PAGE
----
The cockpit had very adequate details. After-market Black Box resin cockpit is available and even more impressive, but at four times the price I paid for the kit. I used the kit cockpit instead. The tub was painted dark gull gray with seats the same color. The instrument panel was given a black coat, and was dry brushed with white to bring out the details

Wing assembly was next before attaching to the fuselage. One thing to watch for is the dihedral angle, actually negative dihedral angle. I sanded the upper wing roots and test fit against the fuselage until the angle looked correct. This is a multiple iteration process, as I didn’t want to sand too much material off all at once and have a strange looking wing angle.

The landing gears went on before painting. This way was better for glue to bond tightly. I drilled a hole along the length and insert a .015 brass rod into it and drill the corresponding hole into the wing to attach the rod, then glued the gear assembly to the wing. This assured additional strength for transportation. Tamiya putty was used to fill the fuselage and wing joints. All fin antennas and canopy was glued on before painting.


The A-37s of the VNAF wore some of the most colorful scheme. The 520th FS is recognized by the dark blue tip tanks and rudder filled with patterned white shooting stars. Paint scheme is in standard SEA tone FS30219 tan, FS34079 medium green, FS34102 dark green, and FS36622 aircraft gray. Model Master enamel and Tamiya paints were used, and Handy Tac for masking. I sprayed the rudder Tamiya blue with a little black added to get dark blue, and masked it before the stabilizers was glued in. This would be easier than painting the blue last because of masking problems around the stabilizers. The rest of the plane was sprayed all white enamel. All landing gears and wheel wells were masked, then underneath was sprayed aircraft gray diluted 75% thinner to retain a very light tone gray. Straight aircraft gray is way too dark. When dried, underneath was masked off before the tan, medium green, and dark green was painted, all in order. The wing tip fuel tanks were painted dark blue last.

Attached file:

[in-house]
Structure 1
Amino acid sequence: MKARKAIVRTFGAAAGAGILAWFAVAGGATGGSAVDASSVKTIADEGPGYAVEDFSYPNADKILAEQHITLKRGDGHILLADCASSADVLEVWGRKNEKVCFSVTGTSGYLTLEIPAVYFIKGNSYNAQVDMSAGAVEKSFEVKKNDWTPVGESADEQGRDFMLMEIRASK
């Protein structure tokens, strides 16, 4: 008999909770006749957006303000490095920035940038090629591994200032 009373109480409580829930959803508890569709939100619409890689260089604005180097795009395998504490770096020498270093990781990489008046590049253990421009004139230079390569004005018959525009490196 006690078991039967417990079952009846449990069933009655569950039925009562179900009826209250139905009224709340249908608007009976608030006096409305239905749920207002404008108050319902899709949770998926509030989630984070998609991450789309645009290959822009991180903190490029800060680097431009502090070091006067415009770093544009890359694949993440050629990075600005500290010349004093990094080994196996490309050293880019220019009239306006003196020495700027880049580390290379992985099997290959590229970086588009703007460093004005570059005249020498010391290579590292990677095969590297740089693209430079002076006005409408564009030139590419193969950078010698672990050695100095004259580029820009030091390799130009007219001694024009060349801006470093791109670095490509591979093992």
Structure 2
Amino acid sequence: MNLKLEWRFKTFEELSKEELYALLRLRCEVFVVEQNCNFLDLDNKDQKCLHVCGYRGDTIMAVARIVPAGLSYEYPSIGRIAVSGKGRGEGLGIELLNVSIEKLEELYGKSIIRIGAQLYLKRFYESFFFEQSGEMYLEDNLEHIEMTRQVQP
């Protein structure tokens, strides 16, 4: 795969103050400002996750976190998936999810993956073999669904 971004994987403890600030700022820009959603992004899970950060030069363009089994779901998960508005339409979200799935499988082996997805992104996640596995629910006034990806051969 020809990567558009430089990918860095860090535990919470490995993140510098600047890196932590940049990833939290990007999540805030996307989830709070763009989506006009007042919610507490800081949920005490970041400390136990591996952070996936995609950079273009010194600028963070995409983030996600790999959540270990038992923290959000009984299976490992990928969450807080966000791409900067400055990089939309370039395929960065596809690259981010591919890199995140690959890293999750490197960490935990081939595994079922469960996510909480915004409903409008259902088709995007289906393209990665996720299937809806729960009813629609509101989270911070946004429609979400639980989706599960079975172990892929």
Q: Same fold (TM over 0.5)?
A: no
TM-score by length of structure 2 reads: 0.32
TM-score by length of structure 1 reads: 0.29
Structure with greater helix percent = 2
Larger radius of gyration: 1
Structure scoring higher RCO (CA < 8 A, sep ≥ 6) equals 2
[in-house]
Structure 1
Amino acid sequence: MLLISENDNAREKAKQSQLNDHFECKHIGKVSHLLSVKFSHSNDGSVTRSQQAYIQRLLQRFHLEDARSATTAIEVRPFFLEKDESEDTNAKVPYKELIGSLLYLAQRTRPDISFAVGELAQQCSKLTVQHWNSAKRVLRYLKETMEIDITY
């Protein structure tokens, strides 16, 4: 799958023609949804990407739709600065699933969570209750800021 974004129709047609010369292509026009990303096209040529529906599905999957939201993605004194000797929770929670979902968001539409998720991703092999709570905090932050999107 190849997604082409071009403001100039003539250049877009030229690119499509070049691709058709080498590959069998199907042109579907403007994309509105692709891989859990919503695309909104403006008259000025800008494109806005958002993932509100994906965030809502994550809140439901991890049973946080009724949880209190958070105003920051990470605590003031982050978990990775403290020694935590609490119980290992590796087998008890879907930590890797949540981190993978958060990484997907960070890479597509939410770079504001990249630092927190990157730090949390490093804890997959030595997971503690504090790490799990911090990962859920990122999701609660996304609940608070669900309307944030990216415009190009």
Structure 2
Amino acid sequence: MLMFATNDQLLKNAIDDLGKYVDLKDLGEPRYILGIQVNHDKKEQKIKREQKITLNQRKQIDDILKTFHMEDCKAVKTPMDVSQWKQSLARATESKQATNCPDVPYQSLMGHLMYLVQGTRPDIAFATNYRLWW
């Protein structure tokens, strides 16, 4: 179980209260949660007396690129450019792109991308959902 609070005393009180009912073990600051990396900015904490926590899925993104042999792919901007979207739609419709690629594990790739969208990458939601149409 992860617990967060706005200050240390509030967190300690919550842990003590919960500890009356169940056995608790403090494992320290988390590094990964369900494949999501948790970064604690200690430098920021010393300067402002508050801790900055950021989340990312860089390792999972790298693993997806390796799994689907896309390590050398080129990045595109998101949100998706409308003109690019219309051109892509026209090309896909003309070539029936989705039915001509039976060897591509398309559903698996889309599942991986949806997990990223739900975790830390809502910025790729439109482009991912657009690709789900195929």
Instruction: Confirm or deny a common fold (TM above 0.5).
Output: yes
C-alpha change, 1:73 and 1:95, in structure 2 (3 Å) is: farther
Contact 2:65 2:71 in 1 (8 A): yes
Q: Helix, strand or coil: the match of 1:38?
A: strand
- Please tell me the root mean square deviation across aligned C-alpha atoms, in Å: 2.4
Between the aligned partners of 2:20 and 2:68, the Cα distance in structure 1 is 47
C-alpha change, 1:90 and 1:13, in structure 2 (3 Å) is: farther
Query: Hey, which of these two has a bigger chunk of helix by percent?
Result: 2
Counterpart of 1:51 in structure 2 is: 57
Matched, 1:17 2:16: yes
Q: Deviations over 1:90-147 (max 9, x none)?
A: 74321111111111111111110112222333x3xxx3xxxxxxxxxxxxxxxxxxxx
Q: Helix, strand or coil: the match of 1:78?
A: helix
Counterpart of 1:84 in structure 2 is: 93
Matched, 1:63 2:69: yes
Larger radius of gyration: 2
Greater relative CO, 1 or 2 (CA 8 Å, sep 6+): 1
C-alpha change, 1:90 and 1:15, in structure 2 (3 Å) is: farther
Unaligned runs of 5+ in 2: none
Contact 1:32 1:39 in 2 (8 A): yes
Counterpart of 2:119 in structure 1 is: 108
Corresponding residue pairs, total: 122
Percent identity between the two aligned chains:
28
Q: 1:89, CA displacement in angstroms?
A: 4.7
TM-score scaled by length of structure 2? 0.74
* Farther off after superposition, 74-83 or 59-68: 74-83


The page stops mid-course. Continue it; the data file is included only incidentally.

I used the kit decals. There are not many choices out there when it comes to VNAF subjects. Incidentally, I bought the Albatros “Ferocious Bugs” A37B decals sheet because it has the two VNAF subjects I planned to do. It was an expensive sheet, but a total disappointment. Despite the rave reviews, my subjects were totally inaccurate. It turned out the aircraft depicted was taken from the book “A-37 In Action” art illustrations. There are better sources elsewhere had the manufacturer looked. I chose accuracy over quality, and dealt with the kit decals. The decals were so thick. Each had to be trimmed very close. For the shooting stars, I cut each one individually, all 30 of them, and used straight Solvaset to get the decals to conform. Two coats of Tamiya gloss helped to hide the decal to surface steps, though not completely. I used a dark gray artist pencil to go over the raised panels very lightly, and pastel for weathered look, as combat planes are suppose to be dirty.

The jet cones were painted gun metal inside and steel outside with Model Master Metalizers.  The whip antennas were from .01 brass rods. I drilled a hole through the anti collision lights and painted red inside. The outboard Mk82s were from spares, as well as the LAU rockets. The 7.62mm gun pods were not used often of the A-37. Mk83s were from kit. I inserted brass rods between weapons and pylons for additional strength. The canopy was buffed with car wax for greater shine and cleaned up minor scratches; the results showed a very shiny clear glass.


The Monogram Dragonfly 48th scale is still the only model around. Not a wonder kit, it is nevertheless still an excellent kit, very accurate, and despite some minor problems, was easy to build. If I had to do it over, the big rivets would be sanded down since they appeared out of scale, and difficult for decals to conform. I would also open the canopy; it looked much better that way. I also wish Monogram would put some efforts into improving their decal quality. This is not a contest material due to the bad decals, but at least it was a very accurate depiction of the real aircraft markings.

After 25 years of lost contact, we were able to locate my friend and his family, and this was the only gift I could think of to bring him. The new owner was quite thrill with the model, which made my effort very worthwhile.


“Flying Dragons: The South Vietnamese Air Force” by Robert Mikesh. Osprey Pub.

“” web page. This site has some of the rarest pictures of the VNAF aircraft.

 “VNAF: South Vietnamese Air Force 1945-1975” by Jim Mesko. Squadron Pub.

June 2002

Triet Cam